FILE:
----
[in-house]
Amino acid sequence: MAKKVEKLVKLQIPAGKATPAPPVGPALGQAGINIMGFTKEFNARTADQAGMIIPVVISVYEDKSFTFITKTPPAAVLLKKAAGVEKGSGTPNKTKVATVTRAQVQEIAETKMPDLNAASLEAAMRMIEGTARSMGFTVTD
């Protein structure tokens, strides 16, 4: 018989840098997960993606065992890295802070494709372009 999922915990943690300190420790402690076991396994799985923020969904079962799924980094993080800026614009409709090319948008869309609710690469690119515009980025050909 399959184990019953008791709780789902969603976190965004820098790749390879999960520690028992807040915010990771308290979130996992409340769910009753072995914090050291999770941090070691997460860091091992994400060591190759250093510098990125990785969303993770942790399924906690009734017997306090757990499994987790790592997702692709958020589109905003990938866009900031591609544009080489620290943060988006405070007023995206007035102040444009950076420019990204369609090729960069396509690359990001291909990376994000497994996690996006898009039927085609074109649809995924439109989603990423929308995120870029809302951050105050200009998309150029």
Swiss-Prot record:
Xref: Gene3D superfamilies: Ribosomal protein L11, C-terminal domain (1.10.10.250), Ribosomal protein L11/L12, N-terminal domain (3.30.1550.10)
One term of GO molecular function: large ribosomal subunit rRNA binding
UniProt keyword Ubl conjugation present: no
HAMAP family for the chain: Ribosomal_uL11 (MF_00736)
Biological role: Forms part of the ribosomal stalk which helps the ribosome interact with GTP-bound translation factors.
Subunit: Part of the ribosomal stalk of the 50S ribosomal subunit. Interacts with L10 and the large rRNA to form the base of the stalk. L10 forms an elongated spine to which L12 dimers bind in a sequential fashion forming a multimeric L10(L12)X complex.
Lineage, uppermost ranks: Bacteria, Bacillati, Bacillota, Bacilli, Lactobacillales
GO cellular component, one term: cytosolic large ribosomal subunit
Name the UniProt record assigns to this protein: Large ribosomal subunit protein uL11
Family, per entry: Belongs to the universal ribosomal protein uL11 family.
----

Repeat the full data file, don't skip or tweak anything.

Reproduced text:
[in-house]
Amino acid sequence: MAKKVEKLVKLQIPAGKATPAPPVGPALGQAGINIMGFTKEFNARTADQAGMIIPVVISVYEDKSFTFITKTPPAAVLLKKAAGVEKGSGTPNKTKVATVTRAQVQEIAETKMPDLNAASLEAAMRMIEGTARSMGFTVTD
């Protein structure tokens, strides 16, 4: 018989840098997960993606065992890295802070494709372009 999922915990943690300190420790402690076991396994799985923020969904079962799924980094993080800026614009409709090319948008869309609710690469690119515009980025050909 399959184990019953008791709780789902969603976190965004820098790749390879999960520690028992807040915010990771308290979130996992409340769910009753072995914090050291999770941090070691997460860091091992994400060591190759250093510098990125990785969303993770942790399924906690009734017997306090757990499994987790790592997702692709958020589109905003990938866009900031591609544009080489620290943060988006405070007023995206007035102040444009950076420019990204369609090729960069396509690359990001291909990376994000497994996690996006898009039927085609074109649809995924439109989603990423929308995120870029809302951050105050200009998309150029």
Swiss-Prot record:
Xref: Gene3D superfamilies: Ribosomal protein L11, C-terminal domain (1.10.10.250), Ribosomal protein L11/L12, N-terminal domain (3.30.1550.10)
One term of GO molecular function: large ribosomal subunit rRNA binding
UniProt keyword Ubl conjugation present: no
HAMAP family for the chain: Ribosomal_uL11 (MF_00736)
Biological role: Forms part of the ribosomal stalk which helps the ribosome interact with GTP-bound translation factors.
Subunit: Part of the ribosomal stalk of the 50S ribosomal subunit. Interacts with L10 and the large rRNA to form the base of the stalk. L10 forms an elongated spine to which L12 dimers bind in a sequential fashion forming a multimeric L10(L12)X complex.
Lineage, uppermost ranks: Bacteria, Bacillati, Bacillota, Bacilli, Lactobacillales
GO cellular component, one term: cytosolic large ribosomal subunit
Name the UniProt record assigns to this protein: Large ribosomal subunit protein uL11
Family, per entry: Belongs to the universal ribosomal protein uL11 family.